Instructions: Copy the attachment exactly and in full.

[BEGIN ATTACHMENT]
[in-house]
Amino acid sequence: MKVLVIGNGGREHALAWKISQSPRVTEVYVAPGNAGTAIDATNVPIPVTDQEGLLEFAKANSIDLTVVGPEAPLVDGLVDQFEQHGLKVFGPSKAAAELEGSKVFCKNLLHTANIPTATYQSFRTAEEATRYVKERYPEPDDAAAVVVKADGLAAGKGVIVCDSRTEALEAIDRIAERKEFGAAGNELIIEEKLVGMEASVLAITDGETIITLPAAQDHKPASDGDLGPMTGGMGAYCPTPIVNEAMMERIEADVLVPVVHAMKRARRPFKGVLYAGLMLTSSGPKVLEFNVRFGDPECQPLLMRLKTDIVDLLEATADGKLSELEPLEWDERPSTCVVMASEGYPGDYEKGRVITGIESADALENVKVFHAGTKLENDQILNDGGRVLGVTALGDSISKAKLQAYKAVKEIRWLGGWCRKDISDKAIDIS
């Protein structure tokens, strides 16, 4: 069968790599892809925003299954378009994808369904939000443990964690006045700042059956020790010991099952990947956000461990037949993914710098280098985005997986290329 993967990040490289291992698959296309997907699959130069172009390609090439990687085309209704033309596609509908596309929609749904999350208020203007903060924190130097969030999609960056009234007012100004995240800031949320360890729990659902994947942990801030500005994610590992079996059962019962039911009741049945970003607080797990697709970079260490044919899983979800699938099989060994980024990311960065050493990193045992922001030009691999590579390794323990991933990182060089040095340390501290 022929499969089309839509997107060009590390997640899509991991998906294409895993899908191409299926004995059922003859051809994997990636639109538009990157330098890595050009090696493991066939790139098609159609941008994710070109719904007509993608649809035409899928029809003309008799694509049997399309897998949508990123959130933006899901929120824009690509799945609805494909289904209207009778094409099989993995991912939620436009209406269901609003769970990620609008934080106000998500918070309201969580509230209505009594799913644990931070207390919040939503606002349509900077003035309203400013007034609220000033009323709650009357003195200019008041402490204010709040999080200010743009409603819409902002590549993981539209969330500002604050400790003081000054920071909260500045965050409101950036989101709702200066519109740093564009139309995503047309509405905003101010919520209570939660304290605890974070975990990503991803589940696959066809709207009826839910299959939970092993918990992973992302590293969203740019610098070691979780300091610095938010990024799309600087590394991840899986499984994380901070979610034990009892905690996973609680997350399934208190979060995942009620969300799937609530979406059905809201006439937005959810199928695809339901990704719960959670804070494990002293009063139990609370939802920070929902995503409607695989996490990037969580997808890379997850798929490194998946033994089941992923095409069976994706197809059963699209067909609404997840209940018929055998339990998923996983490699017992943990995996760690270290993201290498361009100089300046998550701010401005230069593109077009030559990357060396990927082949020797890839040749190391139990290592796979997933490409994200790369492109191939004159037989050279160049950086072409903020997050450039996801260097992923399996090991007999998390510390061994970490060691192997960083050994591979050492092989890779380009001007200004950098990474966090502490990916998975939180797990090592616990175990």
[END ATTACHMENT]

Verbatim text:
[in-house]
Amino acid sequence: MKVLVIGNGGREHALAWKISQSPRVTEVYVAPGNAGTAIDATNVPIPVTDQEGLLEFAKANSIDLTVVGPEAPLVDGLVDQFEQHGLKVFGPSKAAAELEGSKVFCKNLLHTANIPTATYQSFRTAEEATRYVKERYPEPDDAAAVVVKADGLAAGKGVIVCDSRTEALEAIDRIAERKEFGAAGNELIIEEKLVGMEASVLAITDGETIITLPAAQDHKPASDGDLGPMTGGMGAYCPTPIVNEAMMERIEADVLVPVVHAMKRARRPFKGVLYAGLMLTSSGPKVLEFNVRFGDPECQPLLMRLKTDIVDLLEATADGKLSELEPLEWDERPSTCVVMASEGYPGDYEKGRVITGIESADALENVKVFHAGTKLENDQILNDGGRVLGVTALGDSISKAKLQAYKAVKEIRWLGGWCRKDISDKAIDIS
């Protein structure tokens, strides 16, 4: 069968790599892809925003299954378009994808369904939000443990964690006045700042059956020790010991099952990947956000461990037949993914710098280098985005997986290329 993967990040490289291992698959296309997907699959130069172009390609090439990687085309209704033309596609509908596309929609749904999350208020203007903060924190130097969030999609960056009234007012100004995240800031949320360890729990659902994947942990801030500005994610590992079996059962019962039911009741049945970003607080797990697709970079260490044919899983979800699938099989060994980024990311960065050493990193045992922001030009691999590579390794323990991933990182060089040095340390501290 022929499969089309839509997107060009590390997640899509991991998906294409895993899908191409299926004995059922003859051809994997990636639109538009990157330098890595050009090696493991066939790139098609159609941008994710070109719904007509993608649809035409899928029809003309008799694509049997399309897998949508990123959130933006899901929120824009690509799945609805494909289904209207009778094409099989993995991912939620436009209406269901609003769970990620609008934080106000998500918070309201969580509230209505009594799913644990931070207390919040939503606002349509900077003035309203400013007034609220000033009323709650009357003195200019008041402490204010709040999080200010743009409603819409902002590549993981539209969330500002604050400790003081000054920071909260500045965050409101950036989101709702200066519109740093564009139309995503047309509405905003101010919520209570939660304290605890974070975990990503991803589940696959066809709207009826839910299959939970092993918990992973992302590293969203740019610098070691979780300091610095938010990024799309600087590394991840899986499984994380901070979610034990009892905690996973609680997350399934208190979060995942009620969300799937609530979406059905809201006439937005959810199928695809339901990704719960959670804070494990002293009063139990609370939802920070929902995503409607695989996490990037969580997808890379997850798929490194998946033994089941992923095409069976994706197809059963699209067909609404997840209940018929055998339990998923996983490699017992943990995996760690270290993201290498361009100089300046998550701010401005230069593109077009030559990357060396990927082949020797890839040749190391139990290592796979997933490409994200790369492109191939004159037989050279160049950086072409903020997050450039996801260097992923399996090991007999998390510390061994970490060691192997960083050994591979050492092989890779380009001007200004950098990474966090502490990916998975939180797990090592616990175990």